Did you miss your opportunity to ask agents and editors your burning questions? Here’s a breakdown of what you missed.
Writers’ Morning Out did not meet in November as the date conflicted with the Nc Writers’ Network Fall Conference in Durham. If you did not go, and therefore missed the annual Brilliant at Breakfast Panel Discussion with Agents and Editors, many of the questions this year revolved around comparable titles—the titles of works you tell agents and editors are similar to your work. The main points:
- No work is unique. Or, if it truly is, agents and editors don’t want to know. What they want is work that is similar to works that have been sold
- “One of kind” scares agents and editors
- Comparisons demonstrate readers will want to read your work
- Comparisons can be made to themes, characters, writing style, etc
- Note how your work differs
- Can use non-fiction comparison to fiction if very relevant and successful
- Comparisons to television shows or movies are not useful
- Include three to five books
- Books should be recent publications as the publishing environment has changed in the last five years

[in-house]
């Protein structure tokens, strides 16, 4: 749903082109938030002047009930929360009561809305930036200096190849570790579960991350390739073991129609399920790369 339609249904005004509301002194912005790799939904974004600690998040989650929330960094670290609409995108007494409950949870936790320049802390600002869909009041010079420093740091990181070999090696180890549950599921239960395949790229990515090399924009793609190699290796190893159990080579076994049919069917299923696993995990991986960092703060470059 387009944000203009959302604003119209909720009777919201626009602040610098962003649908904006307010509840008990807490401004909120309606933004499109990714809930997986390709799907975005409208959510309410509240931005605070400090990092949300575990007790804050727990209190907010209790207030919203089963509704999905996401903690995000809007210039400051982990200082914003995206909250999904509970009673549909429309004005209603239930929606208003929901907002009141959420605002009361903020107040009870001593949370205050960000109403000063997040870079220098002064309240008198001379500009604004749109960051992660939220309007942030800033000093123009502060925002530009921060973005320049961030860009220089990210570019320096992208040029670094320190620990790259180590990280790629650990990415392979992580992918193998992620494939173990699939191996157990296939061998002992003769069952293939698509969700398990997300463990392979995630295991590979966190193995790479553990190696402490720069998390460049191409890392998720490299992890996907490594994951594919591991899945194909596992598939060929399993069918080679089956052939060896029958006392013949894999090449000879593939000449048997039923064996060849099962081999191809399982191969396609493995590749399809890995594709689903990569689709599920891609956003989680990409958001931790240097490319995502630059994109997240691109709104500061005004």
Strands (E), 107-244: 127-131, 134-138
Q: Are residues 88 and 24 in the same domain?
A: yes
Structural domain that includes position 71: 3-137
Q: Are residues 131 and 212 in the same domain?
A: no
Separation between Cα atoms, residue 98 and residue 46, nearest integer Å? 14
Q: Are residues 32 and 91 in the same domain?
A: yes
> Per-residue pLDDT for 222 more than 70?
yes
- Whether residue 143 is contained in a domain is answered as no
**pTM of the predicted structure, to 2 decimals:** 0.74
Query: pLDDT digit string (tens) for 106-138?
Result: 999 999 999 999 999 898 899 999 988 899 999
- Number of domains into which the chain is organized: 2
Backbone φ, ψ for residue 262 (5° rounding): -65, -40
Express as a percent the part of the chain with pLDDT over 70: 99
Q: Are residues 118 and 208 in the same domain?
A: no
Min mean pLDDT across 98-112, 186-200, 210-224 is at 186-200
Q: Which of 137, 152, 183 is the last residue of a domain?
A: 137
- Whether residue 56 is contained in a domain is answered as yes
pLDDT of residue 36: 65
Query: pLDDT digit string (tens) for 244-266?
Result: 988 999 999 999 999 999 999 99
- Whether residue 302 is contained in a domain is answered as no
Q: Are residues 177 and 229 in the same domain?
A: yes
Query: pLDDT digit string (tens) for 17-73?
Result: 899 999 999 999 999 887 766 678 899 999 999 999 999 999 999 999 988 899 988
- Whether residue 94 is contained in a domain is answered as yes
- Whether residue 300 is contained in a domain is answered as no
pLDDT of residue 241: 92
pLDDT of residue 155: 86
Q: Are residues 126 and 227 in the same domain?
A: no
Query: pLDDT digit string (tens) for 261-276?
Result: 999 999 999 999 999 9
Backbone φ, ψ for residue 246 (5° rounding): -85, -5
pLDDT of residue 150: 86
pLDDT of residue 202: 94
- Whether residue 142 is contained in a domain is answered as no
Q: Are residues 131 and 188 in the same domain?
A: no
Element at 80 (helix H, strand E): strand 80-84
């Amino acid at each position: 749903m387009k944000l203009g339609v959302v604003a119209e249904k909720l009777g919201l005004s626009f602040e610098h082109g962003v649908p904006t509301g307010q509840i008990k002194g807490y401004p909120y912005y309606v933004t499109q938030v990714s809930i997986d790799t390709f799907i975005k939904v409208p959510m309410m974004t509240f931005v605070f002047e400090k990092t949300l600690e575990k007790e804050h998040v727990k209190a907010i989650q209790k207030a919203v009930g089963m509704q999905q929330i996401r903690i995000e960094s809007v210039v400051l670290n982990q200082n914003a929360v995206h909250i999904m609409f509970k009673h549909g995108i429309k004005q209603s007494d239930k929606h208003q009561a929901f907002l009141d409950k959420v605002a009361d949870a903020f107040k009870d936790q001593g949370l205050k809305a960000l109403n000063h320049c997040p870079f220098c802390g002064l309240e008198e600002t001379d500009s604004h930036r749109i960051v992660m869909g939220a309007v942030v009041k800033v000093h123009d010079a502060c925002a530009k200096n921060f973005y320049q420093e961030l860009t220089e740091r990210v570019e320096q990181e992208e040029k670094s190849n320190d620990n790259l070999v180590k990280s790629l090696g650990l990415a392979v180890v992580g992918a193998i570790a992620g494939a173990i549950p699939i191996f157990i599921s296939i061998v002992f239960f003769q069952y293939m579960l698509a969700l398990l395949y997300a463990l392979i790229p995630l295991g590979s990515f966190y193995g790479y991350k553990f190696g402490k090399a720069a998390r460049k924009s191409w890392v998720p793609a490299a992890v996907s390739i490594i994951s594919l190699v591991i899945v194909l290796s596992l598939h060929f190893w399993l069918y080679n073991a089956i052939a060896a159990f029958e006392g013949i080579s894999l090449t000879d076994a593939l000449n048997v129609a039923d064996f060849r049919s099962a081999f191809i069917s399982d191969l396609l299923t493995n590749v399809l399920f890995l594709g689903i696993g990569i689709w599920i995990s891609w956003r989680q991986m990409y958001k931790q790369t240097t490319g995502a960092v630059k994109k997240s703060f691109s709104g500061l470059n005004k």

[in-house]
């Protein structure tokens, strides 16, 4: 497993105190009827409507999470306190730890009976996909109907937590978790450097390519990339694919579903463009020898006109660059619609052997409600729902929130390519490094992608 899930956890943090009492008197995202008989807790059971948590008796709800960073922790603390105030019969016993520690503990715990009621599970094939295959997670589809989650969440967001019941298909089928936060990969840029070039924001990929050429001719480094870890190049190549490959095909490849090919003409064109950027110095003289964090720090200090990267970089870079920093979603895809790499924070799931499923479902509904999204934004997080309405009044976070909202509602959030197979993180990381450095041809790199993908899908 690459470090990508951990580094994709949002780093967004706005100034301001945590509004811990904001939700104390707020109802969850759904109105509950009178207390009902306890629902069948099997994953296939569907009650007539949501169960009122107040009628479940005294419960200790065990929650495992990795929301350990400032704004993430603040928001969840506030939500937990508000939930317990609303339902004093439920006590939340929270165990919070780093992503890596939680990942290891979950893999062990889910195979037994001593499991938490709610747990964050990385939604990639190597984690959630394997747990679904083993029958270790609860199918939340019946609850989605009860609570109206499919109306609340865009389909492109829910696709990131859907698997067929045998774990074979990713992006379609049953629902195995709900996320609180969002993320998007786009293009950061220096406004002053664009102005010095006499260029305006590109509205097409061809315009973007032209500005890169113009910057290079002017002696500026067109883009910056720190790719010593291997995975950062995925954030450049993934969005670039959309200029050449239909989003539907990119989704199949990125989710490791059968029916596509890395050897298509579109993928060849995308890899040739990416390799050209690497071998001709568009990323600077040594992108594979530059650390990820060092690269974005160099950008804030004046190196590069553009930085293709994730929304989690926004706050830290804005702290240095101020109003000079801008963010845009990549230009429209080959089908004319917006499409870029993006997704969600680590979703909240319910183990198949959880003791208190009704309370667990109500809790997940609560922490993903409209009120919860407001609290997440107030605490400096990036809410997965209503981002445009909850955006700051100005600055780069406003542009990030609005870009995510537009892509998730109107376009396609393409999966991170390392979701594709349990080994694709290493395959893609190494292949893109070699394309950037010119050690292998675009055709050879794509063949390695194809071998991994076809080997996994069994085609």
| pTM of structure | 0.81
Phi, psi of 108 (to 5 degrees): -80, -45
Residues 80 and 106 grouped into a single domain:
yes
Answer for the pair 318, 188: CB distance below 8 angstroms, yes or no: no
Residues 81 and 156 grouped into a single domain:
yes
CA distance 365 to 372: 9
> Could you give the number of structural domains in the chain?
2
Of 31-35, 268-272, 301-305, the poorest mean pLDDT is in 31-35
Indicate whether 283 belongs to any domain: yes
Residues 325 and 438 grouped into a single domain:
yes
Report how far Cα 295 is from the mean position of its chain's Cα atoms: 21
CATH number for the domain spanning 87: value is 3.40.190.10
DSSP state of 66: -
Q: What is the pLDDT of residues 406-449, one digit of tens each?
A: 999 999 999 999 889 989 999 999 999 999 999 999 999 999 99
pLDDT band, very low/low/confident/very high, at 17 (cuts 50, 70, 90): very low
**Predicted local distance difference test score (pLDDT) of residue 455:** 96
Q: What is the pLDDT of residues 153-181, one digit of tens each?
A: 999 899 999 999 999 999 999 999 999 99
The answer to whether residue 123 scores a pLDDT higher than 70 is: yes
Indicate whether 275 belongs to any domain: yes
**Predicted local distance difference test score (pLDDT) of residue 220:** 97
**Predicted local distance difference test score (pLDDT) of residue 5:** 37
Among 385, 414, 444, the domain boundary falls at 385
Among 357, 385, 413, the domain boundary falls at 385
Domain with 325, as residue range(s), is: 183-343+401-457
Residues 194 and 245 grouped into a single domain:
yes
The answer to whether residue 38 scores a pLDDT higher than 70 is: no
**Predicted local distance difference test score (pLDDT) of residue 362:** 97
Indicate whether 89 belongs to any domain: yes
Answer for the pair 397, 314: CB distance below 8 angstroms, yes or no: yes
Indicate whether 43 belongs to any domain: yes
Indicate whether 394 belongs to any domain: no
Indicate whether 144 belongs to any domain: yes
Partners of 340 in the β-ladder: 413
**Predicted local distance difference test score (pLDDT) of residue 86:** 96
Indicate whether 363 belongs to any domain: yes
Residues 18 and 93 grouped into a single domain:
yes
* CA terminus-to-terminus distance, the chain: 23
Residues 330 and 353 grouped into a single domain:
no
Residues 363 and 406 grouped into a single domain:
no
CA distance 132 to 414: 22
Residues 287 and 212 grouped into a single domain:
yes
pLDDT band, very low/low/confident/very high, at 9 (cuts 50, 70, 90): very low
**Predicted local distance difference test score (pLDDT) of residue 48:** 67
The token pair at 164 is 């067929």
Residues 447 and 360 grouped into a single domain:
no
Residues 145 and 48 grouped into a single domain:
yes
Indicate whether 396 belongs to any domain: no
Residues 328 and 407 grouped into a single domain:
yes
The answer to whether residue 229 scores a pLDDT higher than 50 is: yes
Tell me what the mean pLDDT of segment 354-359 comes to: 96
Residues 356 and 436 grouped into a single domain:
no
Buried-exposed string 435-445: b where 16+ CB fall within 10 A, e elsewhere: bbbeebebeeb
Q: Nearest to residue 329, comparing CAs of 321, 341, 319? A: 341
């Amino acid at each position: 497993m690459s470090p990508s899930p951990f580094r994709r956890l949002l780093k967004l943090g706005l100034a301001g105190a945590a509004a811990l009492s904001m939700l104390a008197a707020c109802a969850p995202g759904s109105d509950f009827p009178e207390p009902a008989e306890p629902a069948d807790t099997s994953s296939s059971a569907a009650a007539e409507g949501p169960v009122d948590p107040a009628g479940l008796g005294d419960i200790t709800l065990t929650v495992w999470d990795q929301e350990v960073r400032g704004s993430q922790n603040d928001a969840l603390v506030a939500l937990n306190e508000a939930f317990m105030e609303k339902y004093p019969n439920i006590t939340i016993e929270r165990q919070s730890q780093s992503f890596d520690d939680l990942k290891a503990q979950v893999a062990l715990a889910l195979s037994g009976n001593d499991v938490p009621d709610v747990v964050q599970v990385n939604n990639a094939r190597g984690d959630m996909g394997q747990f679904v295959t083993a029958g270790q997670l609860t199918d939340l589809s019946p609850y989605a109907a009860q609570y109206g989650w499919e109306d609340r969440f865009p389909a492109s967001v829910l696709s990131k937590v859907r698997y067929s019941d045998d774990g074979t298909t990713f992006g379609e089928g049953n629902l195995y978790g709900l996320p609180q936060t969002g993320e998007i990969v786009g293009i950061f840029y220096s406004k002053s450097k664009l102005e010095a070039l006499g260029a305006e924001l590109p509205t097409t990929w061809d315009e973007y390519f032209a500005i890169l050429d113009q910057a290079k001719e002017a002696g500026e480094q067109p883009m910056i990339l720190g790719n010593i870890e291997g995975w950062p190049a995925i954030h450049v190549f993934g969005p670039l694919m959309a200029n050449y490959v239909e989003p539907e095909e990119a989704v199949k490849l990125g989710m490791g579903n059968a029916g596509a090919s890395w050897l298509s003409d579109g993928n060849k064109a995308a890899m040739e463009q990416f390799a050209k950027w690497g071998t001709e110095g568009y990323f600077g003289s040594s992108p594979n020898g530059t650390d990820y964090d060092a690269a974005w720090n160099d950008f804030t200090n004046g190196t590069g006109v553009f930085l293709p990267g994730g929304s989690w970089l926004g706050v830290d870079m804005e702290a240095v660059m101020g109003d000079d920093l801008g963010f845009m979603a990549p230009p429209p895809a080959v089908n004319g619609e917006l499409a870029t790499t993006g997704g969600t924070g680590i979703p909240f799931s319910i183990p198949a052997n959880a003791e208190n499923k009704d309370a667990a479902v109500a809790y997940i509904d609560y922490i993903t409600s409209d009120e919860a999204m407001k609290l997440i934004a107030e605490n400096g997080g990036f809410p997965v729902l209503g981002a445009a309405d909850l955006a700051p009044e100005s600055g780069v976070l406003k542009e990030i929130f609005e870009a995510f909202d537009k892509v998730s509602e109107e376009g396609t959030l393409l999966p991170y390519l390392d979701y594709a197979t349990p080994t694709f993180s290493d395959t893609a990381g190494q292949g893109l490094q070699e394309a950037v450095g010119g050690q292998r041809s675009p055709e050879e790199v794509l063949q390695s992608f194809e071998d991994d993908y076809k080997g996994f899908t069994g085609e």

- Agents may help develop the list for submission to editors
Other points raised include:
- Historical fiction is best when telling stories not generally known, in countries and regions not often written about, and that connect with issues we face today
- The best queries are one-page, well written, and indicate that you know something about the person to whom you are querying. An agent wants to fall in love with your work and feel you will be easy to work with.
- Platforms are not as necessary for fiction writers as they are for non-fiction writers.
- The biggest problem with new writers is that they query before their work is finished
- Submit your work to readers to get feedback *
* Note from carol ~ When I started out, I asked people I thought would be interested in what I was writing and simply asked,
- What bored you?
- What parts dragged?
- What parts were of the most interest?